Pooler, Nelson return to state
The Northwestern High School track and field team won’t be shipping its customary busload of athletes to the WIAA Division 2 Track and Field Championships in La Crosse this year, but the two athletes competing both bring past experience.
Junior Donny Pooler and sophomore Abby Nelson are both making their second consecutive trips to the state track and field meet.
Pooler ran as a member of the 4x800 relay team last season, while Nelson advanced in the pole vault.
Nelson is back again in the pole vault this season, and Pooler will compete as an individual in the 1,600-meter run.
“In general, our sectional is really tough,” said Jenny Forsythe, co-head coach of the Tigers. “It pushes us to be better and kind of reach for new heights, but it’s tough.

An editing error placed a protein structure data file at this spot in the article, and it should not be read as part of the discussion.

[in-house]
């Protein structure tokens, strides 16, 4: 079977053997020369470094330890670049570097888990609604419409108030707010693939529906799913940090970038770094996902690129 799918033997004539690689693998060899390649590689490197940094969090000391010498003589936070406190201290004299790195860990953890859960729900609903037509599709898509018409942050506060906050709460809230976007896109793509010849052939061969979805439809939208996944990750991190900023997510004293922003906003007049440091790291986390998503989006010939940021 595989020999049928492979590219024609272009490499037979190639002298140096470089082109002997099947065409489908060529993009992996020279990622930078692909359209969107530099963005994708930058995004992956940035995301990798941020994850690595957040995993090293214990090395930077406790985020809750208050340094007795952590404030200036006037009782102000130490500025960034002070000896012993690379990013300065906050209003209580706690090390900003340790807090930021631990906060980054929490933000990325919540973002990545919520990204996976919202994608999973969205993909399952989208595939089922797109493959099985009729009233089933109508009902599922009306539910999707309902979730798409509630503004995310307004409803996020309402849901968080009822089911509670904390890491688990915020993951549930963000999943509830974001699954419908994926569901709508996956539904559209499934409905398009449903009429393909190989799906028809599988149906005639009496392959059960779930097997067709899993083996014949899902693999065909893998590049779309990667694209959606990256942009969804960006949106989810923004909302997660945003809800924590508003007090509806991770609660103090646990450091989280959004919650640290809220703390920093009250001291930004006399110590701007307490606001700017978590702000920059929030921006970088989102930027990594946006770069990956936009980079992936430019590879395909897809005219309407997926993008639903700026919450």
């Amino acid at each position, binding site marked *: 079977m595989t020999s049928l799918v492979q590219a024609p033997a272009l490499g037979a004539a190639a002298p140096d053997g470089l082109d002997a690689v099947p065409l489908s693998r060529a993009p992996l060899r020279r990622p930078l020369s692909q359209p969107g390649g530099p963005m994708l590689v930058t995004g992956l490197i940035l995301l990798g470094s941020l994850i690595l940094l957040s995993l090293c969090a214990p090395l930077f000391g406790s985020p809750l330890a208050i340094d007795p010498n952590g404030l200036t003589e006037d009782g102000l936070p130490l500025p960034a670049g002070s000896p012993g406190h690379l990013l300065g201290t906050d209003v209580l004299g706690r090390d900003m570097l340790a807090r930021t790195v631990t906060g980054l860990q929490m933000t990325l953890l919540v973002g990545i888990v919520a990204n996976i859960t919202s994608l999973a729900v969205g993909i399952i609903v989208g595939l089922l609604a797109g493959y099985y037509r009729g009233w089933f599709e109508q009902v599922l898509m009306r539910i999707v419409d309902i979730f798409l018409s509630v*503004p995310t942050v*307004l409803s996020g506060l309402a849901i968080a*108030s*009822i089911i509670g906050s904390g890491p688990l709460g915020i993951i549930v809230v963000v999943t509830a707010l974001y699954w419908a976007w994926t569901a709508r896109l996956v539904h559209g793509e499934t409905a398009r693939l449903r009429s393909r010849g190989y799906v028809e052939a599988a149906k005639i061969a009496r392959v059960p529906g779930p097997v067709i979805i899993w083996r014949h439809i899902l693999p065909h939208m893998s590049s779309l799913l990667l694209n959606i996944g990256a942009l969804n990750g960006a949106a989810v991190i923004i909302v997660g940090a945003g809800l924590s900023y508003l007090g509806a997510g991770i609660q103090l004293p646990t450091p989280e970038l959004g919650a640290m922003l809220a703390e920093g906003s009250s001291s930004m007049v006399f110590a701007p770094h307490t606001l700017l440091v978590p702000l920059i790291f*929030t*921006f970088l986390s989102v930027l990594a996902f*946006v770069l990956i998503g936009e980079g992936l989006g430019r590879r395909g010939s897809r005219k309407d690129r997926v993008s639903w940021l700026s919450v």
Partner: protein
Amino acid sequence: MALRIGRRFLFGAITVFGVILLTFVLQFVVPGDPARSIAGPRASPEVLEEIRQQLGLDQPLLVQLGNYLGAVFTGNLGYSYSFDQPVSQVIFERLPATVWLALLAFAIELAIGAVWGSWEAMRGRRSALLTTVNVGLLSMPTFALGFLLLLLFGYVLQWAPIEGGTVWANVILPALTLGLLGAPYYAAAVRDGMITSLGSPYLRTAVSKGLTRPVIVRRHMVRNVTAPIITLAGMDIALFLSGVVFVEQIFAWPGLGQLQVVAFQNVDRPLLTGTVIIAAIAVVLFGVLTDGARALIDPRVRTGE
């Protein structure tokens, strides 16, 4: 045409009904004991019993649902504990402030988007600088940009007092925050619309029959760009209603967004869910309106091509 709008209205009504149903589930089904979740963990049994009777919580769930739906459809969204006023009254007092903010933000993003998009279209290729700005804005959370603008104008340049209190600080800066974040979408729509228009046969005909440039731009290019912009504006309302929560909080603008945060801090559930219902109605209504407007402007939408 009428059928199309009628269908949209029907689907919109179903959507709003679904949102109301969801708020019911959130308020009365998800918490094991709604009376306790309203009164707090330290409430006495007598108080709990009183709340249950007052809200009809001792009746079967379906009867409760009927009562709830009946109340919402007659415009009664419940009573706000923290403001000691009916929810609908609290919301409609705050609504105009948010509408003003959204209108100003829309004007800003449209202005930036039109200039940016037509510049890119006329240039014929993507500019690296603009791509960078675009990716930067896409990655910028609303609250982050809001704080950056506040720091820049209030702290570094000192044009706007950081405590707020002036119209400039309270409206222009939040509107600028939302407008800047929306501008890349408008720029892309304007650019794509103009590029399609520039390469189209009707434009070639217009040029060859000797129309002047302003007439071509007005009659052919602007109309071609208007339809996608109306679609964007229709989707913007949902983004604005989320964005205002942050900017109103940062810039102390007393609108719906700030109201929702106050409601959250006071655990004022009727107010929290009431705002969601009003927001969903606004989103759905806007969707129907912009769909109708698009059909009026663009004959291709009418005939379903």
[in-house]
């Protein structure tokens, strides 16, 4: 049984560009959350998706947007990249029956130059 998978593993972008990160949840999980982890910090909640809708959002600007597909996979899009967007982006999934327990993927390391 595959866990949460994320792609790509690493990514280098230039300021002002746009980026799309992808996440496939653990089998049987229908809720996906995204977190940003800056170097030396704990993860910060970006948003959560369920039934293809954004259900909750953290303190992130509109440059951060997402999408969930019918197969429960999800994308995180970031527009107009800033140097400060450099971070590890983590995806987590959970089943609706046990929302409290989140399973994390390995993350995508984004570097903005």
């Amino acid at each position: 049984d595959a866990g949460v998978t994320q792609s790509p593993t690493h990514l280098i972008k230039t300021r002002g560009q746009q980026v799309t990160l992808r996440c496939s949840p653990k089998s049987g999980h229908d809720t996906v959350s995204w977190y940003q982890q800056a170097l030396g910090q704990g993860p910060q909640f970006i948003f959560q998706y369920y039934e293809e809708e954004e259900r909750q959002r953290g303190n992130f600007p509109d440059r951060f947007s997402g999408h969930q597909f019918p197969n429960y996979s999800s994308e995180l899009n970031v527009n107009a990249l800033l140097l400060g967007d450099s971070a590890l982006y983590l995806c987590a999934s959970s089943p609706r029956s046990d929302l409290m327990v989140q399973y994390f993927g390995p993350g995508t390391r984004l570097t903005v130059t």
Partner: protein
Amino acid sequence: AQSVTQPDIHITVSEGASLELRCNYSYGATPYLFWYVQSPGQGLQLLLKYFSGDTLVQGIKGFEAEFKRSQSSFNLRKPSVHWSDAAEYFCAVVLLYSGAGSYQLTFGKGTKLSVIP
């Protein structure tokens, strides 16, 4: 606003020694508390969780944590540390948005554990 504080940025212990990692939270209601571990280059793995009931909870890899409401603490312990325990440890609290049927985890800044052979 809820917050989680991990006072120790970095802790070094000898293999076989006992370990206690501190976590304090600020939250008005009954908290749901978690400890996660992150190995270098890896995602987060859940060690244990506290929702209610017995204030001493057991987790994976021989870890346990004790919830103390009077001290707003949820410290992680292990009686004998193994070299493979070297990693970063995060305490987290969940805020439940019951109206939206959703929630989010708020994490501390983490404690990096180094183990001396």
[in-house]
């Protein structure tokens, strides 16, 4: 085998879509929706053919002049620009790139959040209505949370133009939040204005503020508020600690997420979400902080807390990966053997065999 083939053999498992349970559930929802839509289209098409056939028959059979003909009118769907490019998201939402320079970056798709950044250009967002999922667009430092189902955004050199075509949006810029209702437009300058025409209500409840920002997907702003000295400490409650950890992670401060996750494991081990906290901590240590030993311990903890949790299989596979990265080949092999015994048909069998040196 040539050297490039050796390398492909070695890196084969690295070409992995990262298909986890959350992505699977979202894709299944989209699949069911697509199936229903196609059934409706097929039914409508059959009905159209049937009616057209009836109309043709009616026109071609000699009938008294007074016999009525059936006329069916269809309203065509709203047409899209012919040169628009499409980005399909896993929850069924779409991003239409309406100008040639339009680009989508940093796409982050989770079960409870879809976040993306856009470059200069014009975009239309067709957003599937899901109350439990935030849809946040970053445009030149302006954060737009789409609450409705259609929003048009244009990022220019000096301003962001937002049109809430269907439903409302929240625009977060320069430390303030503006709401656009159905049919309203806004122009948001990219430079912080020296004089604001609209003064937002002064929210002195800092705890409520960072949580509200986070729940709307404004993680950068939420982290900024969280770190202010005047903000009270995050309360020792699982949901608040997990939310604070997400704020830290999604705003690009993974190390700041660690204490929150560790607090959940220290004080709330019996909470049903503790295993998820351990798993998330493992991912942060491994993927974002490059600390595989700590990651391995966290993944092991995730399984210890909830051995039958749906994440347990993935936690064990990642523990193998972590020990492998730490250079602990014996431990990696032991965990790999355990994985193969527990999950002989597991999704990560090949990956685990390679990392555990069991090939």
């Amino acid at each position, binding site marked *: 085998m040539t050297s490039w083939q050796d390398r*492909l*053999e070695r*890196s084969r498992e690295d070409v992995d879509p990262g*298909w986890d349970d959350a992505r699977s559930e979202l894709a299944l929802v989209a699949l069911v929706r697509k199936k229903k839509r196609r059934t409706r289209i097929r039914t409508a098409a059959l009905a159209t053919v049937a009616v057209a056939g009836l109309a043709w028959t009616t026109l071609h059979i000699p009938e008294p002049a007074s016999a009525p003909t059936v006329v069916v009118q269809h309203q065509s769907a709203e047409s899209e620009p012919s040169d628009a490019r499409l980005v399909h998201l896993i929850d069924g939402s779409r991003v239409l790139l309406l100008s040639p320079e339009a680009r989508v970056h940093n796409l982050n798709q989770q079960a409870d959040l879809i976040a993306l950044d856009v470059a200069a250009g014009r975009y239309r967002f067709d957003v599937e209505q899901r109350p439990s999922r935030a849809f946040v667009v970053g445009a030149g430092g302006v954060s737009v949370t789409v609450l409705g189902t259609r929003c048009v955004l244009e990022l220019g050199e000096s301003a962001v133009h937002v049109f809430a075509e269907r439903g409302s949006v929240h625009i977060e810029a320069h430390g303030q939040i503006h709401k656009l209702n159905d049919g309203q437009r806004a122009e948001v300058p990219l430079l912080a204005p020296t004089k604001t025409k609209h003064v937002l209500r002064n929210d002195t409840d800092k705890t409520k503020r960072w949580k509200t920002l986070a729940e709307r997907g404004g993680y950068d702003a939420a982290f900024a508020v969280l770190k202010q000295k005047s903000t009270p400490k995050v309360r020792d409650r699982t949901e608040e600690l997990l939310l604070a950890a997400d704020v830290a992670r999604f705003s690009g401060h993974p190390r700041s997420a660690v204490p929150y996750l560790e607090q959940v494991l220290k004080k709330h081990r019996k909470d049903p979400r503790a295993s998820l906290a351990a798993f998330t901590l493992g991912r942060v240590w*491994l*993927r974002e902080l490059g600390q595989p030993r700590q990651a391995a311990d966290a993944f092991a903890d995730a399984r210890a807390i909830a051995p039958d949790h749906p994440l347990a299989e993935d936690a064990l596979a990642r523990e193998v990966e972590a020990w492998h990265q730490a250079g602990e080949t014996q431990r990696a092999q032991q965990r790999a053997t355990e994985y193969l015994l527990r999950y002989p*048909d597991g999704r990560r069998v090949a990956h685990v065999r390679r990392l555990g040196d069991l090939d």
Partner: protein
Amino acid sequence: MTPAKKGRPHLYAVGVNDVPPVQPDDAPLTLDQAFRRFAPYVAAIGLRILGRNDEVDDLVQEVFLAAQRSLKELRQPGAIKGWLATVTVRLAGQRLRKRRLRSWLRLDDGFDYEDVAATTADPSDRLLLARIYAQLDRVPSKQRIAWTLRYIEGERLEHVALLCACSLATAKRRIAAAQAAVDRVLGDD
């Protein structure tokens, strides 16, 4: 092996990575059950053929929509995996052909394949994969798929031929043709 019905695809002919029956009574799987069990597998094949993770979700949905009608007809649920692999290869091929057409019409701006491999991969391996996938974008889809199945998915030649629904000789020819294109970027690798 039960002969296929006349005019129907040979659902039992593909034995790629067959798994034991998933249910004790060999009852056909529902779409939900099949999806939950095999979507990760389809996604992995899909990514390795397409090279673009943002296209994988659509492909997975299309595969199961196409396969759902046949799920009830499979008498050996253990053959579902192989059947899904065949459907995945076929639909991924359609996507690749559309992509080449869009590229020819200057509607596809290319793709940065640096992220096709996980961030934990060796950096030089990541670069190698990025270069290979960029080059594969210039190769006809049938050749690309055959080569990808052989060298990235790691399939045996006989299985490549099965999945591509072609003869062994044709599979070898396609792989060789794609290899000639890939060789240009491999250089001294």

“We’ve got other kids that, in other years, would have qualified for state but didn’t this year.”
The two Northwestern athletes who did qualify, however, are both exceptional in Forsythe’s opinion.
“I am just incredible proud of both of them. I think all of the coaches would say that,” Forsythe said. “They have been leaders on our team, and the great thing is they constantly are asking, ‘What can I do for my team?’ ”
The WIAA Division 2 girls pole vault and the boys 1,600-meter run are both for Saturday morning at Veterans Memorial Stadium Complex in La Crosse.
As he prepares to compete as an individual at the state meet for the first time, Pooler is grateful simply to be healthy.
His junior year has been one long string of medical issues. The latest complaint began just as Pooler was preparing for the Heart O’ North Conference wrestling tournament, and it landed him in the hospital for five days with a staph infection.